Calgary, Banff & Vancouver: Basic hikes with a toddler in tow

I’m really trying to write regularly – holy man it’s hard! Time seems to be flying by. I cannot believe my daughter is nearly 16 months. I hate that I’m the type of person who is always shocked when it’s the first of the month. Being 30 years old I am already looking forward to retiring. Since that is a LONG ways away, I look forward to vacation, where time & dates don’t matter.

So now that I’ve shared how to GET somewhere with less stress when traveling with a toddler I hope to share some tips on specific places we’ve been.

I’ll start with our trip out to Western Canada this summer, more specifically – Calgary, Banff & Vancouver. AND before I forget – One Tiny Suitcase ( – based out of Calgary was AMAZING for renting a carseat & pack n’ play for our trip. Everything was in pristine condition and I didn’t have to worry about renting a carseat from a car rental agency (so many online horror stories).

I searched for ‘toddler-friendly’ Banff hikes and did not really get that much information. I was mainly looking for if any hikes were particularly stroller-friendly – here’s a hint – none really are. If you’re looking to do a 2 km stroll along Lake Louise then a stroller is perfect. If you’re looking for hikes that go into the 4 km+ range then you will want a baby backpack.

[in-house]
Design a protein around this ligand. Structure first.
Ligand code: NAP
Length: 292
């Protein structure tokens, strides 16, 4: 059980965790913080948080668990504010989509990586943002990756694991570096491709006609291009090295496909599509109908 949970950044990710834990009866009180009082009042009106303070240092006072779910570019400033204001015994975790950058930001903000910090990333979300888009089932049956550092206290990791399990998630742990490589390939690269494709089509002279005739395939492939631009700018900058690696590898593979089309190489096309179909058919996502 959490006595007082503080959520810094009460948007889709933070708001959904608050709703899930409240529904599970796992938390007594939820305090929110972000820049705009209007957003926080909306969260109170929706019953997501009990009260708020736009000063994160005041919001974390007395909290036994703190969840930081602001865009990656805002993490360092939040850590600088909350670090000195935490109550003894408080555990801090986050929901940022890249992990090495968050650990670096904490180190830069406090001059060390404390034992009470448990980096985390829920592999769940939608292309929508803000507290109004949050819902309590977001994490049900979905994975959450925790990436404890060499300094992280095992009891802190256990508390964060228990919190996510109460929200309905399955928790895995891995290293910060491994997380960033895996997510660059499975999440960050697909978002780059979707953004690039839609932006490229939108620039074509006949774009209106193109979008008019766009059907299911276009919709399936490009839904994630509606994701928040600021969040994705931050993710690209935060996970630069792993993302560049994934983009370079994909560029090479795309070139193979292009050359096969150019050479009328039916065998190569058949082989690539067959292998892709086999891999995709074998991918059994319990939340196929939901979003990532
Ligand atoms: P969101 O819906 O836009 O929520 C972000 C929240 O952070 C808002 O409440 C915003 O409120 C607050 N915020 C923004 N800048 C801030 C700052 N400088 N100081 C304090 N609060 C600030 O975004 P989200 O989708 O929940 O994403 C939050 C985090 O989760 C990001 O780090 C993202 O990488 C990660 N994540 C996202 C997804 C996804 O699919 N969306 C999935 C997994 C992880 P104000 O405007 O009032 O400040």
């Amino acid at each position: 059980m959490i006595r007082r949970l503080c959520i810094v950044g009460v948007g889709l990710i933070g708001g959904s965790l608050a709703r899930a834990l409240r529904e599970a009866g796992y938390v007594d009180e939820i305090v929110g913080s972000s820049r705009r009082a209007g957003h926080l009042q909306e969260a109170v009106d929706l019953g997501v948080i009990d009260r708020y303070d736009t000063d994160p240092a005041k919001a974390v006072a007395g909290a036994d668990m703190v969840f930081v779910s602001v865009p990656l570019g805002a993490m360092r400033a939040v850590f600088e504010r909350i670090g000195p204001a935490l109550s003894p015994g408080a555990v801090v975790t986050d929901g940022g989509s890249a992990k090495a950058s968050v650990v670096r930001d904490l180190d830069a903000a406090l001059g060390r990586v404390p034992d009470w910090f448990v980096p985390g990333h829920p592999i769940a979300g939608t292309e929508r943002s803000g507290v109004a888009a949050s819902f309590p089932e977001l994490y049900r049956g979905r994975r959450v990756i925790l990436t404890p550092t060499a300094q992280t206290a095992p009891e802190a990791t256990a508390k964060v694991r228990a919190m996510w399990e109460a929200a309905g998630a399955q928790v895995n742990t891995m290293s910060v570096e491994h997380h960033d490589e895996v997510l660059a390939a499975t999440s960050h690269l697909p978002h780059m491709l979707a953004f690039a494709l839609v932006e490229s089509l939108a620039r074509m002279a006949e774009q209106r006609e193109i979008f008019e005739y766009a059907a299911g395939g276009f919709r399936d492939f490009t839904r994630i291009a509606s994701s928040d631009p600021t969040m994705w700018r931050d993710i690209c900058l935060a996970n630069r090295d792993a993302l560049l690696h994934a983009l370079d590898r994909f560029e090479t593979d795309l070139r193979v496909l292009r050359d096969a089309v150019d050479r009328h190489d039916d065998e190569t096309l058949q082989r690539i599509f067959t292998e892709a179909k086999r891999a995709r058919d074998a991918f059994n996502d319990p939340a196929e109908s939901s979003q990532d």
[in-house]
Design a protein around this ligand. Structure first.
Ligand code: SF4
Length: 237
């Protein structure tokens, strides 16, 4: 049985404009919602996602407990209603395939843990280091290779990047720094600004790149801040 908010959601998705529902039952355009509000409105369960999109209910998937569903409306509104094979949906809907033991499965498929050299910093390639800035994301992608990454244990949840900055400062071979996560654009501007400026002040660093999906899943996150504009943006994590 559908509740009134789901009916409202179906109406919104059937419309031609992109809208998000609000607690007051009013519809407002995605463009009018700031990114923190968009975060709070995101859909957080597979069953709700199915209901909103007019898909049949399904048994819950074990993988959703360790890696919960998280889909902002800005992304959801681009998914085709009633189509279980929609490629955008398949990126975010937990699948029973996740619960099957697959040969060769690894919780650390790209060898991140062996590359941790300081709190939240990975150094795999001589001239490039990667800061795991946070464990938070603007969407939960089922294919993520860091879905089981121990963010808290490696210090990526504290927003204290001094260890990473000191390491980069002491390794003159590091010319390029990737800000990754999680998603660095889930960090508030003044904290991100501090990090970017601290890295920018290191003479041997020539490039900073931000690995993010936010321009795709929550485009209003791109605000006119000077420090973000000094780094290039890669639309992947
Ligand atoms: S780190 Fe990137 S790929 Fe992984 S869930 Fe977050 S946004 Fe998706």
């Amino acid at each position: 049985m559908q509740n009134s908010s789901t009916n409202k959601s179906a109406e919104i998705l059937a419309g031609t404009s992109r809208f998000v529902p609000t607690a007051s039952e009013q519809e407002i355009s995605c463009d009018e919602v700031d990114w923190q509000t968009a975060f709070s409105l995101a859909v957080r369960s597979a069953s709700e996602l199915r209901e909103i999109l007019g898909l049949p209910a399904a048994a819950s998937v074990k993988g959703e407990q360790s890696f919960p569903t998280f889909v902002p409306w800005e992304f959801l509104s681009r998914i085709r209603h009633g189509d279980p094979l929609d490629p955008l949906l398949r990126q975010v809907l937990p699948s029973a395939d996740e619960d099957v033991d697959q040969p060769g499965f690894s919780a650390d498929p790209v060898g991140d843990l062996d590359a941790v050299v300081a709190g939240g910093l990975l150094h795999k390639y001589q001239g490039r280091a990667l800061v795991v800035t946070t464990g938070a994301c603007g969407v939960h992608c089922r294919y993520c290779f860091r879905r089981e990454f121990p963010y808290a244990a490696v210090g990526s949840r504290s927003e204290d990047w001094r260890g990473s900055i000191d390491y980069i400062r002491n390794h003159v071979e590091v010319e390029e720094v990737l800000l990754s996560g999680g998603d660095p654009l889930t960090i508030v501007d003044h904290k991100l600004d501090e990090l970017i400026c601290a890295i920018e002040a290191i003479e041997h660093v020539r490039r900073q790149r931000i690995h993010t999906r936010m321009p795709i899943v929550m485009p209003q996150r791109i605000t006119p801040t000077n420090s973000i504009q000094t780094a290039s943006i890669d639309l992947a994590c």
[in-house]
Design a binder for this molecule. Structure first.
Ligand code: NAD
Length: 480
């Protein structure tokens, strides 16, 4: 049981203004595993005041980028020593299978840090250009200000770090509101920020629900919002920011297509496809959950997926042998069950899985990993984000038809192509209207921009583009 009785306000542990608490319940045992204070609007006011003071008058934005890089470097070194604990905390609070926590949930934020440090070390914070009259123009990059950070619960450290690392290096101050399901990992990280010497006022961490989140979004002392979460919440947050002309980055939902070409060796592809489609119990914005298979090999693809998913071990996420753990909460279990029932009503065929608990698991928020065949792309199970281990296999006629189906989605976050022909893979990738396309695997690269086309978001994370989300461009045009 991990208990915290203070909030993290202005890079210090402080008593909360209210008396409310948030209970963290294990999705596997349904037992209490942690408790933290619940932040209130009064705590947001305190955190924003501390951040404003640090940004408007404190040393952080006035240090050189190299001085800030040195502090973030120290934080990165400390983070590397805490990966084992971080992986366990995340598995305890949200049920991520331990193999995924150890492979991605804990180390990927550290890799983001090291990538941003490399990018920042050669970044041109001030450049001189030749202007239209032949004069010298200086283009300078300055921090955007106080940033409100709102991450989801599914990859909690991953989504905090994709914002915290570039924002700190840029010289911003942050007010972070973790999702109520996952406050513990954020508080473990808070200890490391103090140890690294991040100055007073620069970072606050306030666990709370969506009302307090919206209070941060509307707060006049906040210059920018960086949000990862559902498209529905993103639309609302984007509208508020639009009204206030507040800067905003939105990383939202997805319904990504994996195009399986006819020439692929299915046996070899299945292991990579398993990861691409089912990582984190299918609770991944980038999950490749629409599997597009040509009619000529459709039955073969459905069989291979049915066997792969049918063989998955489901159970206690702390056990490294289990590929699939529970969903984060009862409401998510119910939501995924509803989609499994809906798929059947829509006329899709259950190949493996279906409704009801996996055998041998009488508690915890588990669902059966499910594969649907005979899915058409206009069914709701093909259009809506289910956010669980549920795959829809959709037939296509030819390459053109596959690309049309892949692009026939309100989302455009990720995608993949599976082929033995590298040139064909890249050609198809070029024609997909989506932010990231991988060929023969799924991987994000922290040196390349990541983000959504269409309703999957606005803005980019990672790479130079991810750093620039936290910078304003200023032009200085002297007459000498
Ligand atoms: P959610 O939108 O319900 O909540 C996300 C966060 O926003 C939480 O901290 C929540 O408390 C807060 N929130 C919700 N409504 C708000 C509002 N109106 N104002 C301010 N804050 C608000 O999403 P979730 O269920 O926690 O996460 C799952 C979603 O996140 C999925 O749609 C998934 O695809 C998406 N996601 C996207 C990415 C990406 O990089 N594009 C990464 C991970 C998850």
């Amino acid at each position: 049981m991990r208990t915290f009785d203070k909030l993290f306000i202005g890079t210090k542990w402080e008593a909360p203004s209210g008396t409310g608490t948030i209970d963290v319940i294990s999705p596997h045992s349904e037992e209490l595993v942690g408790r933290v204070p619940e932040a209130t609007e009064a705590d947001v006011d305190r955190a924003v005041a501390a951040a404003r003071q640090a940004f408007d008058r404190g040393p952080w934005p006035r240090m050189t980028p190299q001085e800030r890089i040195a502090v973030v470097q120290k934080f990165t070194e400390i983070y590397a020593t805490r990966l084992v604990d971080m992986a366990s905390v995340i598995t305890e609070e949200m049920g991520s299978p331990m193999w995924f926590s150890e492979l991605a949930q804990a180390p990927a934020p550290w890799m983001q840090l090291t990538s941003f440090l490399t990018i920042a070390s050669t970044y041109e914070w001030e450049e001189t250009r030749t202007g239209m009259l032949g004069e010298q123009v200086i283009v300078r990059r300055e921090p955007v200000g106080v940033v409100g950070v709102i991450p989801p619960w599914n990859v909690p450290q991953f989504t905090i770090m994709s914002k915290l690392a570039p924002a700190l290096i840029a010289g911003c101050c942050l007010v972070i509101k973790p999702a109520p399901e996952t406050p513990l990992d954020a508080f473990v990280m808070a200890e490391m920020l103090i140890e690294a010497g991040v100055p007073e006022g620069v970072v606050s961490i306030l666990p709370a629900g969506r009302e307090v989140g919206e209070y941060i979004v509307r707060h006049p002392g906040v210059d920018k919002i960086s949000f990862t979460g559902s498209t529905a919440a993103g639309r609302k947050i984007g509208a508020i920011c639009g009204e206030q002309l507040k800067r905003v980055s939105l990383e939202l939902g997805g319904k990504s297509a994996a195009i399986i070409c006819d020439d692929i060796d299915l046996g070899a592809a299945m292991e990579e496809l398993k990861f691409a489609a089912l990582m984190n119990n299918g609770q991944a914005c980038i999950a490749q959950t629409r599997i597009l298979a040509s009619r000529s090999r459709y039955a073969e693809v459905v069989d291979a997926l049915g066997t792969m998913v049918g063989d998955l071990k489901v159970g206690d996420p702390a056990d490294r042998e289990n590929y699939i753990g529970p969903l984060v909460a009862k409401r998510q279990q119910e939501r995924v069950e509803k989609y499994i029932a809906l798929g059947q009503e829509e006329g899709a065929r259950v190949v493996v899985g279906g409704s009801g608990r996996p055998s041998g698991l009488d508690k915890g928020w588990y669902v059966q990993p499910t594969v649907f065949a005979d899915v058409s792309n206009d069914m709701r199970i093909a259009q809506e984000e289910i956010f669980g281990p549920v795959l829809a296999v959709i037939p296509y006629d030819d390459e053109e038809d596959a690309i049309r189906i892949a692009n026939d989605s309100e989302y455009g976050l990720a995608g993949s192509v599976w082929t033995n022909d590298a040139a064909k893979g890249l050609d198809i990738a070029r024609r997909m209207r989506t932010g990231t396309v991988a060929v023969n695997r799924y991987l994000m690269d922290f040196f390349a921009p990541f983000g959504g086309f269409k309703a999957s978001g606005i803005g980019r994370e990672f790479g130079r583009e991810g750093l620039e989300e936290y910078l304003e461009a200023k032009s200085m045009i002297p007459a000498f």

In Calgary – the Bowness Park has tons of paved trails that are great for families (and strollers). It’s absolutely gorgeous walking along the Bow River and the parks are nice and open. Bring a lunch and make a day out of it. If you have older children (or NO children) then canoeing & paddling down the Bow looked like a great way to spend the day. The food festival was on the day we were there so we were able to get a ton of tastes from different restaurants around Calgary!

IMG_2588Before you head over to Banff National Park, be sure to stop at M.E.C. in Calgary to get your hiking gear. We ended up purchasing the MEC Happy Trails Child Carrier ($139). If you have looked at child carriers already, you will know how pricey they can be. This worked fantastic and of course we loved the price.